While every game is important on the OHL calendar, Feb. 18 is of particular importance for the Windsor Spitfires. It is the day they pay tribute to a player, a son, a captain. Mickey Renaud.
Last Saturday night, in front of over 6,200 fans, the Spitfires remembered Renaud prior to their game against the Guelph Storm.
The date Feb. 18, 2008, will forever mark the day that the Spitfires’ organization changed. It was Family Day and the team had a fan skate planned at the old Windsor Arena. Players were arriving at the rink to meet the fans, sign autographs and talk hockey. Spitfires’ captain Renaud was getting ready at his house in Tecumseh when the catastrophe hit.
Renaud, 19, collapsed suddenly while eating breakfast with family and some teammates. He was immediately rushed to the hospital. Despite all efforts to save him on the way to the hospital, he was pronounced dead.
Renaud’s Touch Reaches Near and Far
The news shook the city. Windsor gathered around their fallen captain and his team. Renaud’s funeral was attended by over a thousand people, including family, friends, fans and teammates.
An autopsy revealed Renaud died from an undetected heart condition called Hypertrophic Cardiomyopathy. This is where the heart muscles enlarge causing blood flow issues, creating potential cardiac arrest. It’s considered a leading cause of sudden cardiac arrest among many age groups, especially younger athletes.
In the days following his death, tributes poured in from around the nation. Businesses throughout Windsor posted condolences to Renaud and Don Cherry did a tribute to Renaud on Hockey Night in Canada’s Coaches Corner. Renaud was a draft pick of the Calgary Flames and many believed he would soon be a regular in the Flames’ lineup.
Here is a clip of Renaud talking about his draft rankings prior to the draft:
The Spitfires took 10-days off following Renaud’s death. They returned to the ice on Feb. 28 to play against the Belleville Bulls (now Hamilton Bulldogs). Fans braved the cold weather to wait in line to pack the Windsor Arena for the pre-game warm-up in a show of support. Prior to the game, the Spitfires wore red “Renaud 18” jerseys while the Bulls surprised the fans by wearing white “Renaud 18” jerseys.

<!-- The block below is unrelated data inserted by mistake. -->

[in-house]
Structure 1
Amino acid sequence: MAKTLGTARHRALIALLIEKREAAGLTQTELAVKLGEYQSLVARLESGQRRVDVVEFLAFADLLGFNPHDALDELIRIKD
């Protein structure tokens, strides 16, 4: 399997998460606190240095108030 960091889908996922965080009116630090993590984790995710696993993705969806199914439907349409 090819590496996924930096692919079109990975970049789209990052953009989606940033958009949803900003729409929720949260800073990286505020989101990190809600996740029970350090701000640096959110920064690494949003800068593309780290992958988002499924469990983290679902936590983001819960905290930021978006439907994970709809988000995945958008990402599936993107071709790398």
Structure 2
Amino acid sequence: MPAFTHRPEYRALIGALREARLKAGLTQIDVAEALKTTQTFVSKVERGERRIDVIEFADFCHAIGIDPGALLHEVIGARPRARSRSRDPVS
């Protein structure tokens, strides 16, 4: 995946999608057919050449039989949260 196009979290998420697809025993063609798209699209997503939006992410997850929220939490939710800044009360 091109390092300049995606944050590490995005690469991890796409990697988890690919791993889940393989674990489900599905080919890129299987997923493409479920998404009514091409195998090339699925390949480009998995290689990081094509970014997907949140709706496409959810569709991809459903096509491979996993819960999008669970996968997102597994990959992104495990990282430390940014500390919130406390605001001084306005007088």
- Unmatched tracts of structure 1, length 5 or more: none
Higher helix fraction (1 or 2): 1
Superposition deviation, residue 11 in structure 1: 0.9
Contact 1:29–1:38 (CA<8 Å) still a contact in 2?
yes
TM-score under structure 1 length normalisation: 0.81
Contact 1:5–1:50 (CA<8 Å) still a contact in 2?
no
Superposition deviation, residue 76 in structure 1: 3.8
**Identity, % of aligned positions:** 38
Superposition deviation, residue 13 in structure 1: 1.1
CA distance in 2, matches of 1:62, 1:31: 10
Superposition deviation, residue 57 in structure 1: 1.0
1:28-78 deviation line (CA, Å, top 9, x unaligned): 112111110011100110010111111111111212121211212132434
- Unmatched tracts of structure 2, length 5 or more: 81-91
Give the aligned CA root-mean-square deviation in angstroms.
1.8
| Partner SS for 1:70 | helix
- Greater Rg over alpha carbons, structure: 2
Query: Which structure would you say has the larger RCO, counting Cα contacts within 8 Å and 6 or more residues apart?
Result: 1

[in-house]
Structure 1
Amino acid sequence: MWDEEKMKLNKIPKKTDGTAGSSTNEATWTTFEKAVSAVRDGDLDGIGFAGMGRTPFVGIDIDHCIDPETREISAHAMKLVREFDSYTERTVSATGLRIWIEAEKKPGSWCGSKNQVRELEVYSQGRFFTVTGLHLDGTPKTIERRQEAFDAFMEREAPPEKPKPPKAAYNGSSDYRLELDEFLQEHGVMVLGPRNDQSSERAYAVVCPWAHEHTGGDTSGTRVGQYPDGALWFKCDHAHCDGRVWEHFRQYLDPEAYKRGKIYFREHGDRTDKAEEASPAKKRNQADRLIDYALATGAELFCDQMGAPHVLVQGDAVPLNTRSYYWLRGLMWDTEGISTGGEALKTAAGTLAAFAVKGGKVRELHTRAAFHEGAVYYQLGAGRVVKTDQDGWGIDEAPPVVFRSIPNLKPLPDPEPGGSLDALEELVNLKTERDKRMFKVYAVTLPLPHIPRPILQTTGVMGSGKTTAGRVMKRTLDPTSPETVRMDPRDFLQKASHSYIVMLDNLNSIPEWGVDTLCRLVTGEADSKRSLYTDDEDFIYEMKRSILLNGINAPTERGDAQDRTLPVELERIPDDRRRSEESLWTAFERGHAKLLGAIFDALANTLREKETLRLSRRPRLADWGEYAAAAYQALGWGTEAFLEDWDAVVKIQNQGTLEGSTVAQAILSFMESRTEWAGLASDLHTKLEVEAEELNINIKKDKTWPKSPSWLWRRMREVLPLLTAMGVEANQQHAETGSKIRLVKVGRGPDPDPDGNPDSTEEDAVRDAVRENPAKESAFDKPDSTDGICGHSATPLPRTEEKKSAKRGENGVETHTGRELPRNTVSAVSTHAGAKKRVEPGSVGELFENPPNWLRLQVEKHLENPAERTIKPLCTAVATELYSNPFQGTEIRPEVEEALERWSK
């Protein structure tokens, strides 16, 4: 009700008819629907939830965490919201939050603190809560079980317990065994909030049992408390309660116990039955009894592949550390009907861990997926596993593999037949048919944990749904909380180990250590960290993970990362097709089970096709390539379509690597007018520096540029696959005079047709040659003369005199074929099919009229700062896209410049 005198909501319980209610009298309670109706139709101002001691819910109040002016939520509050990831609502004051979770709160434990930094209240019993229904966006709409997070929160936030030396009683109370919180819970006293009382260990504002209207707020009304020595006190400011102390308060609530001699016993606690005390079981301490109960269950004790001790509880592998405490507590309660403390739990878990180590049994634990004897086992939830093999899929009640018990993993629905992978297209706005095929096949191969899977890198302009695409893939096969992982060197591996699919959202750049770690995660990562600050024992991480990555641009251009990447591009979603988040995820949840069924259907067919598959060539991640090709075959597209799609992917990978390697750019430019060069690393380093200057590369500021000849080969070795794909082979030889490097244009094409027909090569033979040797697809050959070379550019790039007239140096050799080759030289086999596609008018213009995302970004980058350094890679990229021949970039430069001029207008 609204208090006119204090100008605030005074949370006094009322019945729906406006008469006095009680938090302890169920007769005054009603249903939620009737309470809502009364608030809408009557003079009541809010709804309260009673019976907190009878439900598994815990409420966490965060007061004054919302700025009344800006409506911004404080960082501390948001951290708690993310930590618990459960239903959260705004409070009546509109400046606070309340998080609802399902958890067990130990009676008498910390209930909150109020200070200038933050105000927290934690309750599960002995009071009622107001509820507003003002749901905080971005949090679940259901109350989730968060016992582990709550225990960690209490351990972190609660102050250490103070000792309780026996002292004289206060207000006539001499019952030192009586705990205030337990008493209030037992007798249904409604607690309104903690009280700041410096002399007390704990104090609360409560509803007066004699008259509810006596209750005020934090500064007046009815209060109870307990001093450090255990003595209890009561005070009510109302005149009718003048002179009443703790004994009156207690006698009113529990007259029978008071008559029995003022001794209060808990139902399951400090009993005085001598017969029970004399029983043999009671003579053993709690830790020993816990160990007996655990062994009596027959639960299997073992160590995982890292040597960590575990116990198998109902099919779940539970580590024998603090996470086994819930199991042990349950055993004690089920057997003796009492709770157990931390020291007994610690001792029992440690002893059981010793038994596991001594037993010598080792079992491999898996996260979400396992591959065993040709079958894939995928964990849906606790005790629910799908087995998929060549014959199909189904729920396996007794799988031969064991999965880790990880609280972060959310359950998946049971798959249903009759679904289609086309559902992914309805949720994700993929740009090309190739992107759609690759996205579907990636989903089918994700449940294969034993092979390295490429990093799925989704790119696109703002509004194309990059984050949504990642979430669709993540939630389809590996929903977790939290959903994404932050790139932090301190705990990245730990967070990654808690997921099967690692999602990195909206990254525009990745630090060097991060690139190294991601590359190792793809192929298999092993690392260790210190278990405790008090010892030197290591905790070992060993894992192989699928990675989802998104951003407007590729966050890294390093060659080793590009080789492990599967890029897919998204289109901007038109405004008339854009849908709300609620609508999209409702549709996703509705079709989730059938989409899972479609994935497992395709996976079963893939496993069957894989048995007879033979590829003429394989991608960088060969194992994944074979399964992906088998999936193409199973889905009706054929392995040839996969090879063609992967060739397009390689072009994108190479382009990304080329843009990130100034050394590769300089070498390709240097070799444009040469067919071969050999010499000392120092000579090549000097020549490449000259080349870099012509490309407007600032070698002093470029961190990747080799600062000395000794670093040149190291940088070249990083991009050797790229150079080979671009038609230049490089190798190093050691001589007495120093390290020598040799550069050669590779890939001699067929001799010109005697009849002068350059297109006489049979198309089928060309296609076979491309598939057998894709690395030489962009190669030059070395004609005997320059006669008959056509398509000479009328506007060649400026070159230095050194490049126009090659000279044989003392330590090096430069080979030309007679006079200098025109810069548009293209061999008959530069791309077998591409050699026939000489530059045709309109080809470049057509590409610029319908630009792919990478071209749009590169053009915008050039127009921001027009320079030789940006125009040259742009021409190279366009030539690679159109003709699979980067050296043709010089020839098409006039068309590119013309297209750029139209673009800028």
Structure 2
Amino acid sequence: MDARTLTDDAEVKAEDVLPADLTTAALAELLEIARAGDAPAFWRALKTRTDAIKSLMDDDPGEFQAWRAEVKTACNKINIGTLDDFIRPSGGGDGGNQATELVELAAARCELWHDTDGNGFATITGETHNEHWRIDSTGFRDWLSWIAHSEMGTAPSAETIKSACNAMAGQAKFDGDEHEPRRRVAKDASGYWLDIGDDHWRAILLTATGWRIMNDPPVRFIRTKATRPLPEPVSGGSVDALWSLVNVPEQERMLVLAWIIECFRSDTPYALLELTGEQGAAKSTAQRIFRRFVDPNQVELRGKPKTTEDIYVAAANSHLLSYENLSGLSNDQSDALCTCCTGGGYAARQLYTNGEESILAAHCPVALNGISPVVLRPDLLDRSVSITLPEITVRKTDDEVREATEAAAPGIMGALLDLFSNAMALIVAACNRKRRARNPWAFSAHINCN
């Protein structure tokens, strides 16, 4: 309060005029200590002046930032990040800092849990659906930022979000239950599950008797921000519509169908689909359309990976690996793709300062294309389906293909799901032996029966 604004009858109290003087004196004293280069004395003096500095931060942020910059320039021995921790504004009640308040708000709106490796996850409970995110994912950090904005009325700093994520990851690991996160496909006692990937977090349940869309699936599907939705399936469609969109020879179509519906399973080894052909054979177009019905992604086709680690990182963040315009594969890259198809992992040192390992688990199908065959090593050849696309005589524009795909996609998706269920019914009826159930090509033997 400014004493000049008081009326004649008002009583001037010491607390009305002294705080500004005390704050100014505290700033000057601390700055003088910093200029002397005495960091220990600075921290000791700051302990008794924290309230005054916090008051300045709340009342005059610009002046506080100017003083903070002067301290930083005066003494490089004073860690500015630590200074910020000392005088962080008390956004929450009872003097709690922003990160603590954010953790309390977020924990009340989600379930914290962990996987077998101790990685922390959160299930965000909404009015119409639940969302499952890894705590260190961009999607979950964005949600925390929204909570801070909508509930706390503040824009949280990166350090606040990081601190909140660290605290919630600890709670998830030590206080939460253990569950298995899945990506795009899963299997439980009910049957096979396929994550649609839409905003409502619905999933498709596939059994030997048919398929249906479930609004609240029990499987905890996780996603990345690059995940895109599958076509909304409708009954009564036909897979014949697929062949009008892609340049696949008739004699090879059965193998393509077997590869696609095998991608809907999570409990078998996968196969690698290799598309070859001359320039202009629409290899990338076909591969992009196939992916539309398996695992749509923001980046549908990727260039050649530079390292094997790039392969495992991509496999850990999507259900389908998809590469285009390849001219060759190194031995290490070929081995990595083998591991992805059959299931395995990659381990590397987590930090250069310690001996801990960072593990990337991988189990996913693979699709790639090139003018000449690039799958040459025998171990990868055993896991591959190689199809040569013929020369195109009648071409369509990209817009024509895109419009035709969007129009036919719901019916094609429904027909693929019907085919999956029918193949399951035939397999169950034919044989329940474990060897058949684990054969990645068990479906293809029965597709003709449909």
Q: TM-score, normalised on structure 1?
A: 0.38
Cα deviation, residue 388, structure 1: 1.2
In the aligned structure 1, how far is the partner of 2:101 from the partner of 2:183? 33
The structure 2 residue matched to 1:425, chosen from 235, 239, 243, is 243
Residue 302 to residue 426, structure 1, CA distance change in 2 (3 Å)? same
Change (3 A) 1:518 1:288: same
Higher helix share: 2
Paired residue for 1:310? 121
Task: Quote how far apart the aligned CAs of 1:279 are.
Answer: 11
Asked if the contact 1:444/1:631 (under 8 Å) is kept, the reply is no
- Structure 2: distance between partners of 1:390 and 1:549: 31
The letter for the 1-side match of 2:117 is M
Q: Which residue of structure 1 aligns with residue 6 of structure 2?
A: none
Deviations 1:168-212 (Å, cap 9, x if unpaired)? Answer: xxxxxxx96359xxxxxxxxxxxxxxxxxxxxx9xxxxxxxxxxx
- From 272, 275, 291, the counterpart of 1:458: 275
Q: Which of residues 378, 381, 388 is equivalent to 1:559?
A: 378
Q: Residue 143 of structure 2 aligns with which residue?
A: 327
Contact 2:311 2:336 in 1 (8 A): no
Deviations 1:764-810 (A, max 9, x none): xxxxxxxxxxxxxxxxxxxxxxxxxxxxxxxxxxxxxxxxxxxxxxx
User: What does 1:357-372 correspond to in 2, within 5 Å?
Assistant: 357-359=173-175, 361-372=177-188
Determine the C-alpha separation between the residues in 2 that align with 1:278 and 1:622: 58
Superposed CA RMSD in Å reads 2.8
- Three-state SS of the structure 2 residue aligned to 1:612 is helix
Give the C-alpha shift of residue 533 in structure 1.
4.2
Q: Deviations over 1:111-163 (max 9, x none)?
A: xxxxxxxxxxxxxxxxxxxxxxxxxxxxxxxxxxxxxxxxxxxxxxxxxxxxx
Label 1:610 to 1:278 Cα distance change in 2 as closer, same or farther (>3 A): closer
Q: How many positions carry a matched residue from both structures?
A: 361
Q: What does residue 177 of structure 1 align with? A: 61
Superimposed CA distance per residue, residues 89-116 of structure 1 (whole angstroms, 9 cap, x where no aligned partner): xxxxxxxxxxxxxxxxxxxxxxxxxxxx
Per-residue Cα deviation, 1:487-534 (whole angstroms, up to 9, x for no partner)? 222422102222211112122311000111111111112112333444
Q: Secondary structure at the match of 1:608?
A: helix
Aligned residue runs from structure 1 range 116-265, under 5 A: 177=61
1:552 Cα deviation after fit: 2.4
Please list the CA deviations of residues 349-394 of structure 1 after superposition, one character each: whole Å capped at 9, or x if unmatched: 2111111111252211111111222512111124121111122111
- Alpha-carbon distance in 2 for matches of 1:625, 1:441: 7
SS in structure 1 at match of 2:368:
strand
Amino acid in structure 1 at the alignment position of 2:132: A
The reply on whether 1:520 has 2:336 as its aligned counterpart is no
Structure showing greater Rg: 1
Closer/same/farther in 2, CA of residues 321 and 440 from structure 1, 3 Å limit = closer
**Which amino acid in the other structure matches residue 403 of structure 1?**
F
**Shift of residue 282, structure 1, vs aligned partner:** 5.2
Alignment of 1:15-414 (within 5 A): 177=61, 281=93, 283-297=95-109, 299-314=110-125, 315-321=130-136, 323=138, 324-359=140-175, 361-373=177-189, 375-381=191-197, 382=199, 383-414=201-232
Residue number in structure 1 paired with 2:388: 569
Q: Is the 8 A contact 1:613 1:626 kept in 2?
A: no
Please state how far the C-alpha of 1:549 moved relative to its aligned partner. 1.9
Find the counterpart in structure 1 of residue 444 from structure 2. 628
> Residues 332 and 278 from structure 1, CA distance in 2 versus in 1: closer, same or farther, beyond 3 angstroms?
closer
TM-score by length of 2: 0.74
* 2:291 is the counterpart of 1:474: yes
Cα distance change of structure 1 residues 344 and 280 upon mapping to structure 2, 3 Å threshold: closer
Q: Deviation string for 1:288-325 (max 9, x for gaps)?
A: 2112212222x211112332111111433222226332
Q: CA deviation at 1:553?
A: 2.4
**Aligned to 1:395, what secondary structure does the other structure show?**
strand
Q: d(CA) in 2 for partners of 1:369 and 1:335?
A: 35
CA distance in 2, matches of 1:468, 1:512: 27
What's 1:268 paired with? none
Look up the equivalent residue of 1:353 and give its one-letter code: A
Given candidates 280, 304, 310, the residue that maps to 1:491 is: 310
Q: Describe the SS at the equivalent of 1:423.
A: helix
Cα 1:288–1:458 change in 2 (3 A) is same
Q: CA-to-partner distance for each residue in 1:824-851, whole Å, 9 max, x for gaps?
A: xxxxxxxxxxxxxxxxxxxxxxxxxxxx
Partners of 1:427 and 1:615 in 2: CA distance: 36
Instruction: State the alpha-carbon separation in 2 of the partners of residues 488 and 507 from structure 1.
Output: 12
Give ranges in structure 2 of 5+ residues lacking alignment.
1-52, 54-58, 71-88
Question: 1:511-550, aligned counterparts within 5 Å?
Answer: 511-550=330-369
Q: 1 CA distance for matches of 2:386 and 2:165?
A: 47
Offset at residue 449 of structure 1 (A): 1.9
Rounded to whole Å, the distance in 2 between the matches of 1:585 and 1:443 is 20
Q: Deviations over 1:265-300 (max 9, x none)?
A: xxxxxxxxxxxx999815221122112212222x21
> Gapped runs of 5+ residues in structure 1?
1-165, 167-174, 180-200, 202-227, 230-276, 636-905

The Spitfires also played a tribute video to Renaud and his family was involved in the ceremonial puck drop. After the game, the Spitfires raised their sticks at center ice to thank the fans. The Bulls remained on the ice to show support and the teams engaged in an impromptu handshake. You can watch that video here:
Legacy Lives On
During the opening night of the 2008-09 season, the Spitfires raised Renaud’s “18” to the rafters in Windsor Arena. The banner hangs proudly over the Spitfires’ bench in the new WFCU Centre. The team also joined forces with the City of Windsor to name the street outside the WFCU Centre “Mickey Renaud Way.”
When you walk through the front doors of the WFCU Centre, Renaud’s locker greets you, just as it stood on that dark February morning. The Spitfires have painted an “18” behind each net in the rink and there is a tribute to Renaud in multiple locations along the rink boards. All players also have an “18” label on their helmets.
In Nov. 2008, the Spitfires established the Mickey Renaud Memorial Scholarship Fund. It gives $3,000 annually to one male and one female senior high school athlete in Windsor, Essex or Lambton counties. The student must have at least an 80-percent average, be actively involved in sports in their senior year and intend to pursue a Computer Science, Computer Programming or similar program at St. Clair College.
A few months later, in Feb. 2009 at the OHL All-Star Game held in Windsor, the OHL unveiled the Mickey Renaud Captain’s Trophy. It’s awarded to the OHL captain who best demonstrates passion and dedication to the game both on-and-off the ice. The inaugural winner was former Plymouth Whalers’ forward Chris Terry, while Spitfires’ captain Ryan Ellis won it in 2010-11. Barrie Colts’ captain Michael Webster won it in 2015-16.
Will Never Forget #18
On Saturday, fans packed the WFCU Centre to remember their captain. Prior to the game, the Spitfires showed a video montage of Renaud’s goals, community actions and highlighted his love for hockey. Fans were cheering and tearing up. They brought signs and there was a sense of community during the game. The Spitfires also named this year’s recipients of the Mickey Renaud Memorial Scholarship.
While nine years have gone by, the memories remain. The emotions remain.
Renaud was everything a Windsor Spitfire should be; hard-working, determined and well-rounded. He was the first one to lend a hand. No matter who you were, Renaud was there for you. While the players today may not have had the chance to interact with him, his presence will be forever felt in the arena and in the community.
When the Spitfires went to the 2009 Memorial Cup in Rimouski, an “18” flag was brought to the games. There was little doubt Renaud made his presence felt. Windsor hosts the 2017 Memorial Cup and it’s certain Renaud will be watching and cheering on his beloved team.
He was a great player. A great person. “Our Captain Forever.”
I’m a resident of Windsor, ON and a graduate of St Clair College Journalism and New Media program as well as the University of Windsor Communication, Media, and Film program. I’ve been a junior hockey fan (specifically the Windsor Spitfires) for 30-years and have written about/photographed junior hockey since about 2005.